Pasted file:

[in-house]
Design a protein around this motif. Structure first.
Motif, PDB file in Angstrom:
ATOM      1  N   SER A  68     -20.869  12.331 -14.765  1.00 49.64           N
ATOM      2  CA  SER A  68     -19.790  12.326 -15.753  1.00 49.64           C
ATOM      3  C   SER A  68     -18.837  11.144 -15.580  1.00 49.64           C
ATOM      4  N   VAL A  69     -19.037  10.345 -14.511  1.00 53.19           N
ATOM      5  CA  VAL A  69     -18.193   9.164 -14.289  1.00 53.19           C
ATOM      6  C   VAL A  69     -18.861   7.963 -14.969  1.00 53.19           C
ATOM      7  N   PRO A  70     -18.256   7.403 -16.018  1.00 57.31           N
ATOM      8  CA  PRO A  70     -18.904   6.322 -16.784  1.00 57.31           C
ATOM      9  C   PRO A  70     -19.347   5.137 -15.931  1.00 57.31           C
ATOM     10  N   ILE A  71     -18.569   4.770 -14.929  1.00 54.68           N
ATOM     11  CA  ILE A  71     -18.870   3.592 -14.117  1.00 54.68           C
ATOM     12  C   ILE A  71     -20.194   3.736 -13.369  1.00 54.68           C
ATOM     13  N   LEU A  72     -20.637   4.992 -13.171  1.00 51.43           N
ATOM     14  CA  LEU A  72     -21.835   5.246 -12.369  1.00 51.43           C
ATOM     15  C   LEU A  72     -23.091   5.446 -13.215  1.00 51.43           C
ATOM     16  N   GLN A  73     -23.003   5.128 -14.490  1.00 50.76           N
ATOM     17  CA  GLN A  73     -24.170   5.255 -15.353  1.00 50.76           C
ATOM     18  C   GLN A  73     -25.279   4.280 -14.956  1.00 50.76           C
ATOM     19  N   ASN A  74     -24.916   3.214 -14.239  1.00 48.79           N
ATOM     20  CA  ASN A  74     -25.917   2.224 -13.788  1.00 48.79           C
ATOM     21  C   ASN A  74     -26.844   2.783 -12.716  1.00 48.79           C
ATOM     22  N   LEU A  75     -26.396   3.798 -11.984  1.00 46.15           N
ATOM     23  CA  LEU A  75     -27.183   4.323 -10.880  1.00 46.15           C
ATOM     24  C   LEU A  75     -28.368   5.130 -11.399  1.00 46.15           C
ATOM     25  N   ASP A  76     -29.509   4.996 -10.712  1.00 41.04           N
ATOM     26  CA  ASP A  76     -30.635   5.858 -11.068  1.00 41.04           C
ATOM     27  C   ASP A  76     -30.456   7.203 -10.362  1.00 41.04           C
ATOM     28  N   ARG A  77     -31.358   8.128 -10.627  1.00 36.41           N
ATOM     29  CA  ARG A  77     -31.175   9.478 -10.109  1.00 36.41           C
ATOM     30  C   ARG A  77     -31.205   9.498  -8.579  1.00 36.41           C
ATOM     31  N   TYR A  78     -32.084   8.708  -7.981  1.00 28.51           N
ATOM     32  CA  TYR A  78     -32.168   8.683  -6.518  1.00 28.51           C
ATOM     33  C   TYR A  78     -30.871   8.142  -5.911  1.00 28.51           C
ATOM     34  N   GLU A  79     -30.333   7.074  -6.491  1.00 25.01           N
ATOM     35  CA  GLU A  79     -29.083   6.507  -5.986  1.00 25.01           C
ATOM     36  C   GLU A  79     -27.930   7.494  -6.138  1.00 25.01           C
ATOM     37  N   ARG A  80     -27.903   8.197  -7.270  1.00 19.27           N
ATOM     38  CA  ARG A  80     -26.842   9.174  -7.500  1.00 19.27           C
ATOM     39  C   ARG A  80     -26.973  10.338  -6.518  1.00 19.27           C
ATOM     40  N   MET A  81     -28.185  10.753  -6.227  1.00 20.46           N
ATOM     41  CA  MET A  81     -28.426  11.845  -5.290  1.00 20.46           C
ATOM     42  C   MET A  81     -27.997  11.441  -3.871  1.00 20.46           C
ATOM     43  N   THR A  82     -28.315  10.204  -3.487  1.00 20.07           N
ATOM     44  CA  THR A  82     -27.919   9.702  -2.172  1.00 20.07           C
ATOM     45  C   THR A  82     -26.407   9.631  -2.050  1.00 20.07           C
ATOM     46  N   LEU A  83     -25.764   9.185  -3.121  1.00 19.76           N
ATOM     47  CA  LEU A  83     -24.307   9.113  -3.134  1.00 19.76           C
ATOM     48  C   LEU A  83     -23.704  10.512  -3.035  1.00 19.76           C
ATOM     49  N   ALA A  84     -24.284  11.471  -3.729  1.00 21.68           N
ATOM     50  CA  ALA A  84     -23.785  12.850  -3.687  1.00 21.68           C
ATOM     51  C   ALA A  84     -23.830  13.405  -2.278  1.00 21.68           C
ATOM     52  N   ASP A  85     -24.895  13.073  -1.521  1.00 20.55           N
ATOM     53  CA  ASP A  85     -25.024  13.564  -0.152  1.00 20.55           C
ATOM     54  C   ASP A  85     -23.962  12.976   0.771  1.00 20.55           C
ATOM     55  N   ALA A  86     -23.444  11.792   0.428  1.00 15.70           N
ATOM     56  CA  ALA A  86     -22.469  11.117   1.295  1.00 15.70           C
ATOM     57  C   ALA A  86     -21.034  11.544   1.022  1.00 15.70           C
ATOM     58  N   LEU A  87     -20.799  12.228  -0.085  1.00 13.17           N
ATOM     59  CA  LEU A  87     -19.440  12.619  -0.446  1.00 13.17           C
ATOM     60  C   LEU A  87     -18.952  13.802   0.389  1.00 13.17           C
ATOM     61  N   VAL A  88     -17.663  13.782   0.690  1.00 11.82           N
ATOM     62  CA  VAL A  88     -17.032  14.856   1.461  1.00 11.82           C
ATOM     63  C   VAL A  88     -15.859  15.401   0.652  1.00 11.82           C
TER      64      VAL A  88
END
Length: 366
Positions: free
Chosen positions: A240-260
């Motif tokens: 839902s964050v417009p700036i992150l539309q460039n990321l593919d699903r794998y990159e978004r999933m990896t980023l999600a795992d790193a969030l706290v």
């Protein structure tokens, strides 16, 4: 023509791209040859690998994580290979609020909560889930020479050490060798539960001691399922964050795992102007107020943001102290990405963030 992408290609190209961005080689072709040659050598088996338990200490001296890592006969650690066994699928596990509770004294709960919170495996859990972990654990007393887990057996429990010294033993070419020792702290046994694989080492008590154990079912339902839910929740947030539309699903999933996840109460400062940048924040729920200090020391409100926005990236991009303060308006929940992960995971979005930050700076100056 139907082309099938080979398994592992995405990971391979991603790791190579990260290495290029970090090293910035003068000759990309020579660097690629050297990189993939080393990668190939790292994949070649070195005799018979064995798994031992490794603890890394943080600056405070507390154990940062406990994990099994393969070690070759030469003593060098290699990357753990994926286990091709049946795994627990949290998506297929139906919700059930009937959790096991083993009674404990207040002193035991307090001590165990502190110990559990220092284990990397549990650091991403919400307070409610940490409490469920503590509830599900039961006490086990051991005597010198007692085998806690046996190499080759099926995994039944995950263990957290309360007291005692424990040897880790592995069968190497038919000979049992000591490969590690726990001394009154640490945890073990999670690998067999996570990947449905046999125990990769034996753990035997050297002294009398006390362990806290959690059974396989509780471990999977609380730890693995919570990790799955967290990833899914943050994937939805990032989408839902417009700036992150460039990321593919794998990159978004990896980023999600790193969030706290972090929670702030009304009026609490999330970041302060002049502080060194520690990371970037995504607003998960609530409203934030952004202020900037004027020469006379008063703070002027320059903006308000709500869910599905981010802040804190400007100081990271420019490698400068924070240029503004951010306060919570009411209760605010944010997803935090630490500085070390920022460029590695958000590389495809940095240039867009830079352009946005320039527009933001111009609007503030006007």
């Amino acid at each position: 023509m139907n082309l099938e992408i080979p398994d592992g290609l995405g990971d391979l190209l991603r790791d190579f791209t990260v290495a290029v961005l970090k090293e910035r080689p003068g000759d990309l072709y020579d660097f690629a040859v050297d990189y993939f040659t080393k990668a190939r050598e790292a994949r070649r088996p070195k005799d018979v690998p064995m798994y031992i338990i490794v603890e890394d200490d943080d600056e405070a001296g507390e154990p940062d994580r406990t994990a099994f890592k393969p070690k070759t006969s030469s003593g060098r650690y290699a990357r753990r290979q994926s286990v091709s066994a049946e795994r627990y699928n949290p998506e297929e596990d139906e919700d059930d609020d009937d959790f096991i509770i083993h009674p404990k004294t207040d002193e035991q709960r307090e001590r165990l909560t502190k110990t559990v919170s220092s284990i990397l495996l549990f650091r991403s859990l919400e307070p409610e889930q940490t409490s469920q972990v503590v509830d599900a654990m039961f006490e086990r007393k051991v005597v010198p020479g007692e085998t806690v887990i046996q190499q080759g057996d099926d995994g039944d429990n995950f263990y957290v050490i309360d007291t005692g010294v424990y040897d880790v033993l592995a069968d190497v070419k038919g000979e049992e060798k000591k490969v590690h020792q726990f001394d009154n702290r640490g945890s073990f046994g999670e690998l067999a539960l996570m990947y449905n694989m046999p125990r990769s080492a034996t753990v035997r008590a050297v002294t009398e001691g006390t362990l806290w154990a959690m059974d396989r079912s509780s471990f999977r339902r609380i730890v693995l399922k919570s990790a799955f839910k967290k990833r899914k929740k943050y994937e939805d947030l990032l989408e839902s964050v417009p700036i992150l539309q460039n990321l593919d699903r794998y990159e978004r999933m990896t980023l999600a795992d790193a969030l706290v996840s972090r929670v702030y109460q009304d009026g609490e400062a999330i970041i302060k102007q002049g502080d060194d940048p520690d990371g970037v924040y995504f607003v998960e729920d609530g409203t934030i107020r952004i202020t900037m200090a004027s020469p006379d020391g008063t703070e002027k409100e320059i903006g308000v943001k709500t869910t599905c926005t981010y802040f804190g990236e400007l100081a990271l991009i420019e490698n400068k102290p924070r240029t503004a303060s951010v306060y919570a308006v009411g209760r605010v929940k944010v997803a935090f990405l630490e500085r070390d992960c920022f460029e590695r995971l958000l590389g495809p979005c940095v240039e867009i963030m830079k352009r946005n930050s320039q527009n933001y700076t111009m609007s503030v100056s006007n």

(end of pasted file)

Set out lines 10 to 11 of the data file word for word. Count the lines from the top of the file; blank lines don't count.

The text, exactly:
ATOM      7  N   PRO A  70     -18.256   7.403 -16.018  1.00 57.31           N
ATOM      8  CA  PRO A  70     -18.904   6.322 -16.784  1.00 57.31           C